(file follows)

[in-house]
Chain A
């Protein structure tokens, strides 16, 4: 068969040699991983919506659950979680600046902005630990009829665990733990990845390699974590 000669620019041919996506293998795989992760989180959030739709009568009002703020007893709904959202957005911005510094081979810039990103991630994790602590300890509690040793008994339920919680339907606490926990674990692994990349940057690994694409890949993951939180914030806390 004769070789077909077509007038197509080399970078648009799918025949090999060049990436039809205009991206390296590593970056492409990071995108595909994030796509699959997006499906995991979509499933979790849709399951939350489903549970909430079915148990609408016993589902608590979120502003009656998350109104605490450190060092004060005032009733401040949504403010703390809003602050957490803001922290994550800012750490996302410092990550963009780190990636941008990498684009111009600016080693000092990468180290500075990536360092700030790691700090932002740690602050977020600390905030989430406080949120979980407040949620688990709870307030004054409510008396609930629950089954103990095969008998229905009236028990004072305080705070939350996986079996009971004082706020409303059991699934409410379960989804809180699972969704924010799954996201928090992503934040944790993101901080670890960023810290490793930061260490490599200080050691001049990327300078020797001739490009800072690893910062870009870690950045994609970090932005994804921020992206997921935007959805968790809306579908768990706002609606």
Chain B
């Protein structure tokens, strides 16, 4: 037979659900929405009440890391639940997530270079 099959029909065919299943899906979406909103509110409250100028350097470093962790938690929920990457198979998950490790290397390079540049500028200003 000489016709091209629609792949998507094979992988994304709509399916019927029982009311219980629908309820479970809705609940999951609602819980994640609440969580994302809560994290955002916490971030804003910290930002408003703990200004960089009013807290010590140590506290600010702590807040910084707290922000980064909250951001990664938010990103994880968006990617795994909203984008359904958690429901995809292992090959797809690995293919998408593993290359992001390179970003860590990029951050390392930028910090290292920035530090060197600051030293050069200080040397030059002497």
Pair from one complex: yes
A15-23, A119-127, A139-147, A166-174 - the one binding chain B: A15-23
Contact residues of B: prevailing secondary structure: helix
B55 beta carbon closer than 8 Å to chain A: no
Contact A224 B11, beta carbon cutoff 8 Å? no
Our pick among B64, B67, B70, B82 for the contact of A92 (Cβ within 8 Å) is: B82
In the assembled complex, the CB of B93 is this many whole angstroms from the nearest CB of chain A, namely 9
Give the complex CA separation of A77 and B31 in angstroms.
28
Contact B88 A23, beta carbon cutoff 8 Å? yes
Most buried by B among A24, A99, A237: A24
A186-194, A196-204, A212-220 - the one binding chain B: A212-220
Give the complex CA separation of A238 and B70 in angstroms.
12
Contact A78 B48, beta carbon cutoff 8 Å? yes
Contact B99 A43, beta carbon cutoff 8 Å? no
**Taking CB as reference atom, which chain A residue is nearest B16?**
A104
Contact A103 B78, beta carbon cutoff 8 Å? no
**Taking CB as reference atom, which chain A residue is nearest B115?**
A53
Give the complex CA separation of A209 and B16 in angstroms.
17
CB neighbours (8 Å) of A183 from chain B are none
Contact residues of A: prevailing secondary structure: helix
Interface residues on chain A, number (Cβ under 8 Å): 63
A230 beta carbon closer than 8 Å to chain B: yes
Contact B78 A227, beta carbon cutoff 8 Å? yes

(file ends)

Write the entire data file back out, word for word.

[in-house]
Chain A
């Protein structure tokens, strides 16, 4: 068969040699991983919506659950979680600046902005630990009829665990733990990845390699974590 000669620019041919996506293998795989992760989180959030739709009568009002703020007893709904959202957005911005510094081979810039990103991630994790602590300890509690040793008994339920919680339907606490926990674990692994990349940057690994694409890949993951939180914030806390 004769070789077909077509007038197509080399970078648009799918025949090999060049990436039809205009991206390296590593970056492409990071995108595909994030796509699959997006499906995991979509499933979790849709399951939350489903549970909430079915148990609408016993589902608590979120502003009656998350109104605490450190060092004060005032009733401040949504403010703390809003602050957490803001922290994550800012750490996302410092990550963009780190990636941008990498684009111009600016080693000092990468180290500075990536360092700030790691700090932002740690602050977020600390905030989430406080949120979980407040949620688990709870307030004054409510008396609930629950089954103990095969008998229905009236028990004072305080705070939350996986079996009971004082706020409303059991699934409410379960989804809180699972969704924010799954996201928090992503934040944790993101901080670890960023810290490793930061260490490599200080050691001049990327300078020797001739490009800072690893910062870009870690950045994609970090932005994804921020992206997921935007959805968790809306579908768990706002609606």
Chain B
């Protein structure tokens, strides 16, 4: 037979659900929405009440890391639940997530270079 099959029909065919299943899906979406909103509110409250100028350097470093962790938690929920990457198979998950490790290397390079540049500028200003 000489016709091209629609792949998507094979992988994304709509399916019927029982009311219980629908309820479970809705609940999951609602819980994640609440969580994302809560994290955002916490971030804003910290930002408003703990200004960089009013807290010590140590506290600010702590807040910084707290922000980064909250951001990664938010990103994880968006990617795994909203984008359904958690429901995809292992090959797809690995293919998408593993290359992001390179970003860590990029951050390392930028910090290292920035530090060197600051030293050069200080040397030059002497």
Pair from one complex: yes
A15-23, A119-127, A139-147, A166-174 - the one binding chain B: A15-23
Contact residues of B: prevailing secondary structure: helix
B55 beta carbon closer than 8 Å to chain A: no
Contact A224 B11, beta carbon cutoff 8 Å? no
Our pick among B64, B67, B70, B82 for the contact of A92 (Cβ within 8 Å) is: B82
In the assembled complex, the CB of B93 is this many whole angstroms from the nearest CB of chain A, namely 9
Give the complex CA separation of A77 and B31 in angstroms.
28
Contact B88 A23, beta carbon cutoff 8 Å? yes
Most buried by B among A24, A99, A237: A24
A186-194, A196-204, A212-220 - the one binding chain B: A212-220
Give the complex CA separation of A238 and B70 in angstroms.
12
Contact A78 B48, beta carbon cutoff 8 Å? yes
Contact B99 A43, beta carbon cutoff 8 Å? no
**Taking CB as reference atom, which chain A residue is nearest B16?**
A104
Contact A103 B78, beta carbon cutoff 8 Å? no
**Taking CB as reference atom, which chain A residue is nearest B115?**
A53
Give the complex CA separation of A209 and B16 in angstroms.
17
CB neighbours (8 Å) of A183 from chain B are none
Contact residues of A: prevailing secondary structure: helix
Interface residues on chain A, number (Cβ under 8 Å): 63
A230 beta carbon closer than 8 Å to chain B: yes
Contact B78 A227, beta carbon cutoff 8 Å? yes